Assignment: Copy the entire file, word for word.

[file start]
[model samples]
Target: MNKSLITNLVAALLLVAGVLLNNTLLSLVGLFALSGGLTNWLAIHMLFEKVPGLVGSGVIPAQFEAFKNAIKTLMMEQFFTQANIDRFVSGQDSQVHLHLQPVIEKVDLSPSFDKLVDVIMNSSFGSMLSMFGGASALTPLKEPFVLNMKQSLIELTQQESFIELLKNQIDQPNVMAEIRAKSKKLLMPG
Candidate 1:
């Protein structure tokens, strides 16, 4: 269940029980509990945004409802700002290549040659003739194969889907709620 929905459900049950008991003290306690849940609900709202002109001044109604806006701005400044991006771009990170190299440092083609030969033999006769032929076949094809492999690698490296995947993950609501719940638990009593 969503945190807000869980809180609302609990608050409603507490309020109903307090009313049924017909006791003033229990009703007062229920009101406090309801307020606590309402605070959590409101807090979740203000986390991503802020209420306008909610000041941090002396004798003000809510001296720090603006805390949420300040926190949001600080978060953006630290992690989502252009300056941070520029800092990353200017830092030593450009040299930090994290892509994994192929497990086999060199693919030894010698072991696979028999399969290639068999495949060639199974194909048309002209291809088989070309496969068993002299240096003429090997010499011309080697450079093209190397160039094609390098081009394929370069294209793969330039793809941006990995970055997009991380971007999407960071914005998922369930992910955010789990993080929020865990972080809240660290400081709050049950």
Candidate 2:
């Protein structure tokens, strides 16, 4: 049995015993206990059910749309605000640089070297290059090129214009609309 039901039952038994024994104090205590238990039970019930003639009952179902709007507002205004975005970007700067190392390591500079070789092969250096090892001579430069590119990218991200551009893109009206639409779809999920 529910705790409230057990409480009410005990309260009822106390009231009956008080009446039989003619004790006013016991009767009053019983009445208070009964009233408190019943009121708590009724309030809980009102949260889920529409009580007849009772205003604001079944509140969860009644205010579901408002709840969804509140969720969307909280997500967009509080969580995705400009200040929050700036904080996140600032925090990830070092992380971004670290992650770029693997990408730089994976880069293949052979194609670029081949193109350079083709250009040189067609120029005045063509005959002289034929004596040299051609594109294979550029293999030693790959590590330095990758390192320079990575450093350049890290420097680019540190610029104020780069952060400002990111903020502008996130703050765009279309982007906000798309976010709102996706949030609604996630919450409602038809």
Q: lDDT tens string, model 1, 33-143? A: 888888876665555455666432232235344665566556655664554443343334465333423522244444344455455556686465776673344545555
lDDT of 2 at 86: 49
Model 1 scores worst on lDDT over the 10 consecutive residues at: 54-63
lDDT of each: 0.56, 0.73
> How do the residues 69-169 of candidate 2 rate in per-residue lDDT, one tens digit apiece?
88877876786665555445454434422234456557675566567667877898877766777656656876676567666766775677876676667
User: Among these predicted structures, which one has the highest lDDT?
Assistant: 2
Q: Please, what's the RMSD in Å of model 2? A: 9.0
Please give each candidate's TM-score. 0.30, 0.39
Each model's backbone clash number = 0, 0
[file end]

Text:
[model samples]
Target: MNKSLITNLVAALLLVAGVLLNNTLLSLVGLFALSGGLTNWLAIHMLFEKVPGLVGSGVIPAQFEAFKNAIKTLMMEQFFTQANIDRFVSGQDSQVHLHLQPVIEKVDLSPSFDKLVDVIMNSSFGSMLSMFGGASALTPLKEPFVLNMKQSLIELTQQESFIELLKNQIDQPNVMAEIRAKSKKLLMPG
Candidate 1:
């Protein structure tokens, strides 16, 4: 269940029980509990945004409802700002290549040659003739194969889907709620 929905459900049950008991003290306690849940609900709202002109001044109604806006701005400044991006771009990170190299440092083609030969033999006769032929076949094809492999690698490296995947993950609501719940638990009593 969503945190807000869980809180609302609990608050409603507490309020109903307090009313049924017909006791003033229990009703007062229920009101406090309801307020606590309402605070959590409101807090979740203000986390991503802020209420306008909610000041941090002396004798003000809510001296720090603006805390949420300040926190949001600080978060953006630290992690989502252009300056941070520029800092990353200017830092030593450009040299930090994290892509994994192929497990086999060199693919030894010698072991696979028999399969290639068999495949060639199974194909048309002209291809088989070309496969068993002299240096003429090997010499011309080697450079093209190397160039094609390098081009394929370069294209793969330039793809941006990995970055997009991380971007999407960071914005998922369930992910955010789990993080929020865990972080809240660290400081709050049950």
Candidate 2:
């Protein structure tokens, strides 16, 4: 049995015993206990059910749309605000640089070297290059090129214009609309 039901039952038994024994104090205590238990039970019930003639009952179902709007507002205004975005970007700067190392390591500079070789092969250096090892001579430069590119990218991200551009893109009206639409779809999920 529910705790409230057990409480009410005990309260009822106390009231009956008080009446039989003619004790006013016991009767009053019983009445208070009964009233408190019943009121708590009724309030809980009102949260889920529409009580007849009772205003604001079944509140969860009644205010579901408002709840969804509140969720969307909280997500967009509080969580995705400009200040929050700036904080996140600032925090990830070092992380971004670290992650770029693997990408730089994976880069293949052979194609670029081949193109350079083709250009040189067609120029005045063509005959002289034929004596040299051609594109294979550029293999030693790959590590330095990758390192320079990575450093350049890290420097680019540190610029104020780069952060400002990111903020502008996130703050765009279309982007906000798309976010709102996706949030609604996630919450409602038809």
Q: lDDT tens string, model 1, 33-143? A: 888888876665555455666432232235344665566556655664554443343334465333423522244444344455455556686465776673344545555
lDDT of 2 at 86: 49
Model 1 scores worst on lDDT over the 10 consecutive residues at: 54-63
lDDT of each: 0.56, 0.73
> How do the residues 69-169 of candidate 2 rate in per-residue lDDT, one tens digit apiece?
88877876786665555445454434422234456557675566567667877898877766777656656876676567666766775677876676667
User: Among these predicted structures, which one has the highest lDDT?
Assistant: 2
Q: Please, what's the RMSD in Å of model 2? A: 9.0
Please give each candidate's TM-score. 0.30, 0.39
Each model's backbone clash number = 0, 0